This is traditionally known as real-time detection. An active monitoring mechanism is used to look for patterns of misuse within a short period of time. Industry definitions have pegged the definition of real time at anywhere from within five seconds to five minutes of an event occurring. An organization should understand its own definition for real time and ensure that its technologies are able to meet this requirement.

Hours After the Attack
This is commonly known as post-processing detection. Data is gathered and held for processing together. One of the significant benefits to this approach is the ability to aggregate across multiple sources that may have time delays before all data is present. Post-processing detection uses fewer network and host resources than real-time detection. This is critical when using target-resident agents to gather data.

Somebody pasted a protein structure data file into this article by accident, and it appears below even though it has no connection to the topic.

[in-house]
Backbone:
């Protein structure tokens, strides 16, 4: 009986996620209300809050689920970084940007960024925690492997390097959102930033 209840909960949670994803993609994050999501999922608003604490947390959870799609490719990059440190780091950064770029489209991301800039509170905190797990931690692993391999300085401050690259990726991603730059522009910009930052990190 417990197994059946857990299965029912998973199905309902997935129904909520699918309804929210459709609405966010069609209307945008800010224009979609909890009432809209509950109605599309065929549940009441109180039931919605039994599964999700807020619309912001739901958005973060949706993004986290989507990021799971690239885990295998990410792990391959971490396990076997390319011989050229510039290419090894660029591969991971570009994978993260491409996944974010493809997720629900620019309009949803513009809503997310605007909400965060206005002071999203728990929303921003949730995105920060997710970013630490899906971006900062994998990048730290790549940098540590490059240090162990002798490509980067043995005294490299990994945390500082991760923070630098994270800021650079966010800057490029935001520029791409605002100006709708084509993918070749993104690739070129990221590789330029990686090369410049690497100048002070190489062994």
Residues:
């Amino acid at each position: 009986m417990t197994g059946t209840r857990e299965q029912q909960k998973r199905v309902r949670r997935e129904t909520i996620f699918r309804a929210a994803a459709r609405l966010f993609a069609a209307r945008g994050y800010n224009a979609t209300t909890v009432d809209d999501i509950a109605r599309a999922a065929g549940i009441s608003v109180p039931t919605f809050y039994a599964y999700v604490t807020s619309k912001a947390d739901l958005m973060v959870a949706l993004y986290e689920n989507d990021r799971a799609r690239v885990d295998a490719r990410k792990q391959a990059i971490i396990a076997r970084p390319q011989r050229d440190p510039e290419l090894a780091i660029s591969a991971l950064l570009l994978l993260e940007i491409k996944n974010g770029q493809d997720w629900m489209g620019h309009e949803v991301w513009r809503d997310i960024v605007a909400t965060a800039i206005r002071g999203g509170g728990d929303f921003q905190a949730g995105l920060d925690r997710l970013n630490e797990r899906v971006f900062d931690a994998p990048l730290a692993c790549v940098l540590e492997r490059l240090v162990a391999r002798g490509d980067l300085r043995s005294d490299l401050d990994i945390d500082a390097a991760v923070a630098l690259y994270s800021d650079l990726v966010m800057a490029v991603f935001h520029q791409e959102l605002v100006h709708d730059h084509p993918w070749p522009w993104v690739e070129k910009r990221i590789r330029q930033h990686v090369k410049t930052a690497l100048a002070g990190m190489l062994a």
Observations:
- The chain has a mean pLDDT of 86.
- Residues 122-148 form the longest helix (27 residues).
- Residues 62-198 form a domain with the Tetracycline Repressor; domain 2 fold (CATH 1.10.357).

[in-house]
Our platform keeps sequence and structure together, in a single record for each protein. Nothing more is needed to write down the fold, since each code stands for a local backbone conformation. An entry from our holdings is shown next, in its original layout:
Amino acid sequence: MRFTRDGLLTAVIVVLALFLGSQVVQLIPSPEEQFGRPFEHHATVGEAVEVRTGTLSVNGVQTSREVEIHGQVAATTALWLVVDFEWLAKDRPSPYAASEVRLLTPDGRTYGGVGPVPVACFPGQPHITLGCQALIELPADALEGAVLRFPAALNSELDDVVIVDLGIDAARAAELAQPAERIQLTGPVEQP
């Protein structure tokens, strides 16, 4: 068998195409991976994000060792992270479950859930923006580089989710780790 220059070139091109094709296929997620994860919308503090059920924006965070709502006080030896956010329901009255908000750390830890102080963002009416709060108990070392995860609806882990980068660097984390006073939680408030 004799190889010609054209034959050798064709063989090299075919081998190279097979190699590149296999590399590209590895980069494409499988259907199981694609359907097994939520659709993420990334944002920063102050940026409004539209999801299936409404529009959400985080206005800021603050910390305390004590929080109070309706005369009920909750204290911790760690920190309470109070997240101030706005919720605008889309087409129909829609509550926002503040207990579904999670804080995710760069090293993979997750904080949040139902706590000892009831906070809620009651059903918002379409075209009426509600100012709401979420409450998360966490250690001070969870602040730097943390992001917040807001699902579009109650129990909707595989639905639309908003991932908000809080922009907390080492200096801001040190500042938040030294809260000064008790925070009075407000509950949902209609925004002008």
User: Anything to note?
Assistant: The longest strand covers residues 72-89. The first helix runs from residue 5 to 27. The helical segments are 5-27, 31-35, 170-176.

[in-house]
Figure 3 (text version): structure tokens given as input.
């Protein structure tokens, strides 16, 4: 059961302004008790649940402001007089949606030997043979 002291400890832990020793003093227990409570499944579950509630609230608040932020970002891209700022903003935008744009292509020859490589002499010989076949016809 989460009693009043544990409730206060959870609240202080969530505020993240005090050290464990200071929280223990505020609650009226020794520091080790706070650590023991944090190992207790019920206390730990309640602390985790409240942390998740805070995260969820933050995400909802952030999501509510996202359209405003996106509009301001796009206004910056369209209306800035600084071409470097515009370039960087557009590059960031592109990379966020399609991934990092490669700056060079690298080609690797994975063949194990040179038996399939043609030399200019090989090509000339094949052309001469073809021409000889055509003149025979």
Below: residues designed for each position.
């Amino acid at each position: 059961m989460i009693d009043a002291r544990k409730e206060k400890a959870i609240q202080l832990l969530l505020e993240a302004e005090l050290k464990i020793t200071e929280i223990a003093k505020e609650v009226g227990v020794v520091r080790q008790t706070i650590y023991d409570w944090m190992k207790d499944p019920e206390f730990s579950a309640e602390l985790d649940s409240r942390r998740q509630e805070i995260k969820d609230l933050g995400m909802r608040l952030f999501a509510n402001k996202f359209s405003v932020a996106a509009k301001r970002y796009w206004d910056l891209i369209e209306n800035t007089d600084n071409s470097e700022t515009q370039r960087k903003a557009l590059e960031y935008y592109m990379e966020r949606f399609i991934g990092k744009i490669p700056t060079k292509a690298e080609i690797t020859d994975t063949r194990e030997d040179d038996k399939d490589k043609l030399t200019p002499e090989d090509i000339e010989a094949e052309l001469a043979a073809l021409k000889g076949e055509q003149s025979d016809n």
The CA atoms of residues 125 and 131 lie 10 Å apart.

Days/Weeks After the Attack
The forensics area has applications in many areas, including long-term attack detection, damage assessment, investigation support, and even protection (by showing areas of weakness based on past attack detection). Long-term attack detection is routinely ignored, but common wisdom shows that up to 80% of the losses are attributable to insider misuse or abuse. An insider profile can show multiple attacks over long time periods. Several processes may benefit from the use of the timeline (see Figure 2.).

Bottom Line: The attack timeline is an important concept for organizations to understand their requirements and the capabilities of different security tools on the market.

Business Impact: Failure to understand detection requirements can lead to the purchase of incorrect technologies and the inefficient use of existing tools.

META Group originally published this article on 8 January 2004.